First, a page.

Author: David Schaengold

Sometimes, G-d Speaks

A kitschy 62-foot statue of Jesus outside of Cincinnati was destroyed by lightning last night.

We need to use less oil so we can keep using oil longer

This bizarre Jeff Jacoby column argues that we shouldn’t hurt oil’s feelings. He quotes: Americans consume oil not because they are “addicted’’ to it, but because it enriches their lives, making possible prosperity, comfort,...

Grids and Neighborhoods

The urbanist blogosphere, for those of you who don’t follow it, has been chattering about street grids of late, prompted by this fascinating comparison of the standard block size in various American cities. The...

Paragons of Marital Excellence

Rod Dreher asks a good question: “… the Clinton marriage, however hollow from the inside, still honors the “till death do us part” formality. Besides, if there is no deceit or abuse inside the...

Running into a jello cube

This is a silly question. For an 8 by 8 by 8 foot cube of jello to stand up under its own weight, it would have to have much higher surface tension than regular...

The Supposed Tyranny of New York

Conor Friedersdorf has written a disastrous post about New York over at the Atlantic. His specific complaints — that Manhattan transplants who spend the holidays back in Dubuque complain about how sorry Dubuque is...

The Establishment, Still Doing Its Thing

While the difference between Comedy Central’s treatment of Muhammad and every other religious figure is certainly striking, it’s worth noting that Ross Douthat’s recent column on the subject makes a wildly false claim that...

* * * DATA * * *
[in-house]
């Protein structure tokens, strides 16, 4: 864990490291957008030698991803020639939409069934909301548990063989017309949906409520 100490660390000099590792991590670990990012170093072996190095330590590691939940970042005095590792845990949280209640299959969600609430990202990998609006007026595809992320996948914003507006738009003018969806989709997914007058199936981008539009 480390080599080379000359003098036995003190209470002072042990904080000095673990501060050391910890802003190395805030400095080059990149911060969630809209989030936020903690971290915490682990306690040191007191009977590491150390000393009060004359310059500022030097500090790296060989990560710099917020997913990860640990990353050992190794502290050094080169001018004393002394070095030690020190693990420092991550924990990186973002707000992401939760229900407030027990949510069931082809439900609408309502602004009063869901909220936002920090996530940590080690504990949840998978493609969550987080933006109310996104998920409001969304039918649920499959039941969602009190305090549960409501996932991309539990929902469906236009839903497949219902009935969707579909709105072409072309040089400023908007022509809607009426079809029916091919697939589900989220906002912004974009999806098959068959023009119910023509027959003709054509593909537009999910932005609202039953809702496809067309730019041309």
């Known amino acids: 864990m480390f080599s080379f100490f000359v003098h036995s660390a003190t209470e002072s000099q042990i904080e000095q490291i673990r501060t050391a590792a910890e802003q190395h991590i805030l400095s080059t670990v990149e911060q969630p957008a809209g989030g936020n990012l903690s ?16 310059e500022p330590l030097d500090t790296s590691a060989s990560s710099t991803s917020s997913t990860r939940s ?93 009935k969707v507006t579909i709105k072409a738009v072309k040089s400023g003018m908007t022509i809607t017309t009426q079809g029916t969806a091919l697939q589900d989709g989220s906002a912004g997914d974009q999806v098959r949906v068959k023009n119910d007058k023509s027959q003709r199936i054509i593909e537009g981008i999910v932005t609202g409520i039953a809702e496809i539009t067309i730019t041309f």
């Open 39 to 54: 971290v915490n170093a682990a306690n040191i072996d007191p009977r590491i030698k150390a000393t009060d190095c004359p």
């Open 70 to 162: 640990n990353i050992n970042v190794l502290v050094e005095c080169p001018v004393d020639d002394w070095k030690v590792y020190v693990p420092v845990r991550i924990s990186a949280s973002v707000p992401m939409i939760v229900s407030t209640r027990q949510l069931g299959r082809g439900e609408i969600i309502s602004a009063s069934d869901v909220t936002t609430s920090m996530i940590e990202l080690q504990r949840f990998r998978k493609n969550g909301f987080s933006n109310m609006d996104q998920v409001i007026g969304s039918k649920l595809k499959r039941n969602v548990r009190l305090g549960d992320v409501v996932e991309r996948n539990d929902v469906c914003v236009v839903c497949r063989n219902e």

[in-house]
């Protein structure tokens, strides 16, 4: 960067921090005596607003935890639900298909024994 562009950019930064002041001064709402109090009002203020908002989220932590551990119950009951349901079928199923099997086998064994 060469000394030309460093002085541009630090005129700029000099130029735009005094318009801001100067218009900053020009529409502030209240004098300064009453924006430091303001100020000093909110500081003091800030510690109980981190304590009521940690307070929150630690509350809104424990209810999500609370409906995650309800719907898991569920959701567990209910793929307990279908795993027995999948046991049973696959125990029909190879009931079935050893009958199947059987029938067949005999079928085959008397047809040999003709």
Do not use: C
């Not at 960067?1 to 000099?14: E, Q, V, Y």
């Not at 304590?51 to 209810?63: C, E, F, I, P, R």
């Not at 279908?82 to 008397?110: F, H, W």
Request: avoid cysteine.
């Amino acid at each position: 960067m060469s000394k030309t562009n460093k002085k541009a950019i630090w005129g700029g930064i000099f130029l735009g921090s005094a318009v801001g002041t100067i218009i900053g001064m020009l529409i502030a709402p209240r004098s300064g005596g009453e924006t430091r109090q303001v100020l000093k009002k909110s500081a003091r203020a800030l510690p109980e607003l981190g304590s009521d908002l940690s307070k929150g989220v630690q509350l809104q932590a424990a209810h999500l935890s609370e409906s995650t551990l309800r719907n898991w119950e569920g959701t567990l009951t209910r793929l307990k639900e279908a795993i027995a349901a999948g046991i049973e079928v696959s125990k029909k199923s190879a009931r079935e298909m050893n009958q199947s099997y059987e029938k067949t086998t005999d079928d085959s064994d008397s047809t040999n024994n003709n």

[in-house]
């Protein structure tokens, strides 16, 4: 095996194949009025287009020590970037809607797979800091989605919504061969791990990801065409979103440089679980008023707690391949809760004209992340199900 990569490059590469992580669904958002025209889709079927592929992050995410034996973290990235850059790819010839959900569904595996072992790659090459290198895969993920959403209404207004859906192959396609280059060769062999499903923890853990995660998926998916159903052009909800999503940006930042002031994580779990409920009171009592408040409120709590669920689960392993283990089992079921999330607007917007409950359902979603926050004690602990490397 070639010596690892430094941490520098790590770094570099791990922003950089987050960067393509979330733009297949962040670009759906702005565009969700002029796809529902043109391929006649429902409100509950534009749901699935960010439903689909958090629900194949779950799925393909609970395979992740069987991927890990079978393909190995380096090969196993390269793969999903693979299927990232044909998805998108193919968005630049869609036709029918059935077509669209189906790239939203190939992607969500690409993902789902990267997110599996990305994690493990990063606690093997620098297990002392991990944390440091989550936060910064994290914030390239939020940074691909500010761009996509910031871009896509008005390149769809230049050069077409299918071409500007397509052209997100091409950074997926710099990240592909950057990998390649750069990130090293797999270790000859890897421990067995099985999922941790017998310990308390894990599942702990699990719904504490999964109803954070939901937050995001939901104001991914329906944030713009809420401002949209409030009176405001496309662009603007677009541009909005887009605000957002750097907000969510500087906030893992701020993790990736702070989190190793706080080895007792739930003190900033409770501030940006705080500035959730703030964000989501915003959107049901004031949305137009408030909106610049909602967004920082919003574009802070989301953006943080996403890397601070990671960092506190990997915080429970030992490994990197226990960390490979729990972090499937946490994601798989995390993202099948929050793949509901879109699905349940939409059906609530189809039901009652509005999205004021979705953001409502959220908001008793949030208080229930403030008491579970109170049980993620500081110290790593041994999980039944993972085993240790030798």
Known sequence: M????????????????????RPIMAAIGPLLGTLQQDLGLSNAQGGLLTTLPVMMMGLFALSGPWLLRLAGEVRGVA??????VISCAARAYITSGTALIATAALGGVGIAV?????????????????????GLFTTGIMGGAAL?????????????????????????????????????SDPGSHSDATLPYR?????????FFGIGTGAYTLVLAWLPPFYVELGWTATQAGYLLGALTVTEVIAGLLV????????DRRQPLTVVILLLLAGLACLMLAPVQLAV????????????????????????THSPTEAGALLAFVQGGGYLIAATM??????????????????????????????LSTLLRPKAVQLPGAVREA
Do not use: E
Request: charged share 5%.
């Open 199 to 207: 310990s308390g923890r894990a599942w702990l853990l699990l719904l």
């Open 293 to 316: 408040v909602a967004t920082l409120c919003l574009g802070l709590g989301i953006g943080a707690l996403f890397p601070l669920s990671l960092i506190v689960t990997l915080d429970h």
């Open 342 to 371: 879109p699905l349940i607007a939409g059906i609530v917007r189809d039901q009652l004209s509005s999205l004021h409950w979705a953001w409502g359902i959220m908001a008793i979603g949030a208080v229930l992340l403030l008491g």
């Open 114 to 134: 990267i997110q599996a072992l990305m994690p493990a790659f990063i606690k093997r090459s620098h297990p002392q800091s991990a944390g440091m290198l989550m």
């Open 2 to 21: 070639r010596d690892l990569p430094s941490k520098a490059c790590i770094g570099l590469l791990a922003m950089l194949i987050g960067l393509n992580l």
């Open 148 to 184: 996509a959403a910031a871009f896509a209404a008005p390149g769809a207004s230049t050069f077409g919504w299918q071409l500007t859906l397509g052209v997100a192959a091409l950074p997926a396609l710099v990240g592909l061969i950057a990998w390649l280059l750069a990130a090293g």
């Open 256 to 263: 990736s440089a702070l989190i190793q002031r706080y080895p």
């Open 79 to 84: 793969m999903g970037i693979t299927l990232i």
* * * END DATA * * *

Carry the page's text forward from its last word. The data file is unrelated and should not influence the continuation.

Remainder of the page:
More Pedestrianization in Midtown

Janette Sadik-Khan and her posse continue to reclaim Manhattan streets for the people who actually use them. Three cheers!

Who is the Intended Audience of the Nuclear Posture Review?

The Obama administration has declared publicly that the United States will not retaliate with nuclear weapons against a nation that attacks us with chemical or biological agents, provided that nation is also in compliance...

Throwing the baby out with the veal calf

Over the last year or so, bloggers at First Things have taken the position that the animal rights movement represents a unique threat to the dignity of human life and especially the unborn. While I...

Blond at Georgetown, II

Like Will, I was at Philip Blond’s Georgetown lecture on Thursday. Unlike Will, I was predisposed to agree with everything Blond said. I came away a bit disappointed, though. I find little to argue...

The insignificance of the wunderkomputer

Much ado has been blogged about Emily Howell, the computer program that writes Bach chorales , Mozart sonatas, and other kinds of pieces in the style of various composers. You can listen to two...

Slum Urbanism

Somewhat belatedly I’d like to link to this piece about slum urbanism: how environmentalists and other city-lovers can learn from the way slums are pieced together.  “Slum” here is used to mean an informal...

Of Course it Matters

“Does it matter where you see a piece of art?” Jed Perl asks at the New Republic, in an article about the imminent and ill-conceived move of the Barnes Collection from its original home...

Desire and Deviance

While reading Megan McArdle’s interesting pair of posts on “non-practicing” pedophiles, I was struck by the thought that the tone of the posts perfectly captured the attitude of a certain segment of society perhaps...

Torture Fatigue

Is the GOP really becoming the party of torture? For the past several years I have been assuming that the torture would eventually stop for good, that both parties would disown what had been...

The Banal Sublimity of Martin Scorsese

Martin Scorsese’s latest movie, Shutter Island, opened today. It received a decidedly negative critical reaction. A.O. Scott writes representatively: “Nothing is as it seems. Something TERRIBLE is afoot. Sadly, that something turns out to...

Times Square to Stay Pedestrian

Not that we would go there ourselves, mind you, but today’s announcement that Broadway will remain closed to vehicle traffic is a great victory for tourists and a boon for the occasional Brooklynite who...

Should We Preserve Modernist Buildings?

Urbanophile has posted some thoughts on preserving buildings from the mid-20th century: “Mid-century modern architecture is now in the same danger zone chronologically that late 19th-century buildings were in during the urban renewal period....